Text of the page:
artcontinent.com Odd Cameras Cambo Wide 470
Cambo Wide 470 is a special purpose 4x5 inch camera with an ultra wide
lens and the possibility of limited shift in a ultra compact body
without bellows. The back accepts standard 4x5 attachments. I use it
for 9x12 cm panoramic wide street and landscape views and for wide
angle Polaroid/Fuji Instant photos.
Focal length: 47mm Ultra Wide Angle Schneider Super Angulon, closest focus less than 40cm (!)
Shutter: B, 1 - 1/500, B and X synchro, self-timer
Aperture: F 5.6 - F 32
16 x 21.5 x 14 cm (including protection bars and backwards protruding
tripod fixation, so standard attachments would fall within this measure)
Weight: 1200gr. body, 1430gr. with screen, 1530gr. with polaroid back
front. Shift set to 0, the "P" mark is for standard, non centered
Polaroid backs. The viewfinder is a custom made 6x12 finder for street
back, nothing attached. Standard Graflok mount with sliding bars. The
hole in the grip accepts a standard cable release, very handy for
Camera front dismounted, it is held by 2 sliding bars. There are other focal length lens units available.
Lens unit turned 90° for up/down shift for pespective correction of falling lines if you photograph buildings.
Camera seen from top. 2 bubble levels, accessory shoe, 2nd accessory shoe, e.g. for keeping a small light meter.
Seen from bottom. The tripod plate is shaped to slide as well into a special Cambo tripod ball head.
glass/spring back attached. Please note that this is not standard. It
is difficult to find if it's absend on your camera, as it was on mine.
There is enough room to slide a Grafmatic under the glass.
A grafmatic directly attached.
A Polaroid holder 405 directly attached.
The famous Sinar Vario back attached. It can handle all standard formats from 4.5x6 to 6x12.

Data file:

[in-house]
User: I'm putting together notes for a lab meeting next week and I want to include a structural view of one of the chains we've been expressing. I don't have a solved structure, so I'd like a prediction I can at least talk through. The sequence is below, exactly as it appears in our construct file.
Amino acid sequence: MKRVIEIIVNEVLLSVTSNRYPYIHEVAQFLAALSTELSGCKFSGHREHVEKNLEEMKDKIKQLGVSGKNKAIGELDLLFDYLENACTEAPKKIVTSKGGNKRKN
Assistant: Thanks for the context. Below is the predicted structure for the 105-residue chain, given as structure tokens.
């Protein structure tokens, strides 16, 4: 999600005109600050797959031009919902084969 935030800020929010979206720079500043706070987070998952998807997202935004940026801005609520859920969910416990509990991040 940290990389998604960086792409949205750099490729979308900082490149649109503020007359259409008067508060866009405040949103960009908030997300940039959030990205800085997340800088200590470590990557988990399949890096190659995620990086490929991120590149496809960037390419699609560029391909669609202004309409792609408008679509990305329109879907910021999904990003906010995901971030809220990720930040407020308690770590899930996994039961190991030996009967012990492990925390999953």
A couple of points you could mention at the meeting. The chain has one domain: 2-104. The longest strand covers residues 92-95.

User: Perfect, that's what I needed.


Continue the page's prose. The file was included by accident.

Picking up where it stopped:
Seen from the front. It's huge, but film advance is completely automatic for any format.
have had different 6x12 backs, this is by far the best. It weighs
925gr. The dark slide is integrated, so there is nothing to pull. As it
is a very interesting back, some more pictures of this little wonder.
The Sinar Vario back. Towards the top: film counter window.
from below, dark slide shut. Note the little silver pin next to the bar
that slides into the groove of a standard 4x5 fixation. It's
automatically pushed in when the back is firmly attached and releases
the slide opener.
open. There are instructions how to lead the film, easy to follow. The
spools unit can be lifted completely, the wind spool is in the upper
part, the film spool under it. Note the arrow marks near the hinge to
the right. The film leader has to be pulled out until the arrow on the
leader matches the marks.
Pressure plate open.
main commands. Film advance via the lever. The knob in the axis of the
lever has to be pulled and turned 90° if you want to take out the film
roll unit. The big knob chooses the format. The switch has to be in
load position to load the film. The knob in the axis of the switch is
the reset button, it has to be pushed to unblock the advance lever
while loading the film. When the loading is done and the back closed,
it has to be pushed again. The advance will then go to the first photo.
Then the lever has to be put into exposure position. Now the advance
system is ready for the chosen format for the following photos. The
film counter window is automatically set.
Dark slide opener. It can only be turned if the back is firmly attached.
Cambo Wide 470 is a fantastic workhorse for wide angle photography. The
Schneider lens is beyond doubt, it covers 4x5 with a wide margin for
shift. The camera can be easily carried around via its handle, it's
relatively light. It feels smaller than my Mamiya Universal and is at
least as handy as a Mamiya C series. It's wonderful for 6x12 panoramic
format, with the Sinar back it's easy to handle. With 400 ISO film you
can shoot hand-held. It's one of my favorites. If you still have a
stock of Fuji Instant film, it's much fun, there are no carry-around
wide angle alternatives as far as I know. For the moment I'm set to
testing Direct Positive Paper in a Grafmatic Holder. That might be fun
as well. But it needs a tripod, so that might be a major snag.